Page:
The dialogues will be structured to optimize collaboration and discussion in both workshops and public sessions. Montgomery will co-lead the public event before an audience drawn from the policy and civil society communities of London and Washington. In London, this session will be used to launch Heathershaw and Montgomery’s Chatham House briefing paper (November 2014), “The Myth of Post-Soviet Muslim Radicalization in the Central Asian Republics.”

For more information about the conference contact

Students Share the Burden of Education, by David W. Montgomery

The priorities of the university are changing and these changes put at risk one critical dimension of the university’s role in society as a place of reflective (self-) learning. Much has been written about the marketization of education and the trend toward running universities as businesses concerned with efficiencies and bottom lines,[1] pushed even further by recent proposals of the Obama administration to rank universities by the “value” they provide.[2] What it means for students to receive a “well-rounded” education is increasingly constrained by economic pressures and the politically biased devaluing of certain fields of learning. We see this in Florida Governor Rick Scott’s statement deriding the value of anthropology[3] and the University of Pittsburgh’s decision to cut programs in classics, German, and religious studies due to declining enrollment.[4] The shifting of resources toward STEM (science, technology, engineering, and mathematics) classes is representative of the changing university.

It can be persuasively argued that disciplines such as those listed above, and humanities and social sciences in general, are essential to teach students the intellectual rigor that will best enable them to meet the future’s unknown needs with flexibility.[5] But even in a consumer-driven society where service providers readily respond to customer demands, students must see themselves as sharing the burden of schooling if they are to receive anything resembling a well-rounded education.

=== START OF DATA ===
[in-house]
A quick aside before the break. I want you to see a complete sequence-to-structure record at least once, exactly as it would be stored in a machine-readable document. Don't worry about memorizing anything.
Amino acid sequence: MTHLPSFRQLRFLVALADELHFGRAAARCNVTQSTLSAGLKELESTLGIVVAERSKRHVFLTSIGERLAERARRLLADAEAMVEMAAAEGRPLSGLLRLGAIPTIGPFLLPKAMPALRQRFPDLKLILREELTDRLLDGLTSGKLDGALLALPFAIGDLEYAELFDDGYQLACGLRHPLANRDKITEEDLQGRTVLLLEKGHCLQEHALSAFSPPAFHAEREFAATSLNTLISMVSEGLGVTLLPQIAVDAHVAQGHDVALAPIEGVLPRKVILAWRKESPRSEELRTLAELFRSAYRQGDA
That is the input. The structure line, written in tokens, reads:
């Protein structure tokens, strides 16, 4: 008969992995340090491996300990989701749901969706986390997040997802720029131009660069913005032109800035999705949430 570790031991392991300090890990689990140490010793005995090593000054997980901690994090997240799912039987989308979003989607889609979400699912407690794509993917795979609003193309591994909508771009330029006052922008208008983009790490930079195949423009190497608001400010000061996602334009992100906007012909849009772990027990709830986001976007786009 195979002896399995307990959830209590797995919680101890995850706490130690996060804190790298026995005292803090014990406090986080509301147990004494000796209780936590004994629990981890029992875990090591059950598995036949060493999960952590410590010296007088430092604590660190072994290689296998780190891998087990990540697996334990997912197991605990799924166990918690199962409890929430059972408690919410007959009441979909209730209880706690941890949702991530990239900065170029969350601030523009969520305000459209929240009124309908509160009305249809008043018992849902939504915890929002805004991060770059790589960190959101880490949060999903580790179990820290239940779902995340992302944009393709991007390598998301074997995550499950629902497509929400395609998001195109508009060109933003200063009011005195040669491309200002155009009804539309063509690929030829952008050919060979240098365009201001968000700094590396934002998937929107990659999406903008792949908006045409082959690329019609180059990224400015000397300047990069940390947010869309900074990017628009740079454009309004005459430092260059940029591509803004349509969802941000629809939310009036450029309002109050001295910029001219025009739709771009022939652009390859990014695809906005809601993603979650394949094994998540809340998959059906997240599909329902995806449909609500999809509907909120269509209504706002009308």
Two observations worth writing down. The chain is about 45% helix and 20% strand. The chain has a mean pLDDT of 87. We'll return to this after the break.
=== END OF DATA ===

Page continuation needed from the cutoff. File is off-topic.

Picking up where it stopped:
The imperative for students to view themselves as actors in their own education can be seen in a recent petition by the University of Pittsburgh’s Muslim Student Association (MSA). The petition protests the cancelling of four classes on Islam for the fall 2014 academic term.[6] One of the classes mentioned, Anthropology of Islam, is a class that I have taught at the university for the last five years, the last four of which have been in the spring term. Regardless of whether the course is taught again, there is some validity to the ideals of the MSA’s petition. The University of Pittsburgh is a major research university that is decidedly weak in the area of Islam. While I fully believe resources should be directed to increase opportunities for learning about Islam, the way in which the university “values” its resources is influenced by the students themselves.

The MSA petition emphasizes the importance for students of the opportunity to learn about Islam, the religion of 1.6 billion people in the world. Yet in the last five years I have regularly taught Anthropology of Islam, which has had an enrollment cap of 40 to 50 students, at half capacity. Very few Muslims have taken the course—in some years one or two, in some years none—and there has never been noticeable participation by students from the MSA. Regardless of the priorities of the university, basic economic theory suggests that a real demand by students for classes on Islam would make the provost and others more inclined to increase funding for such classes.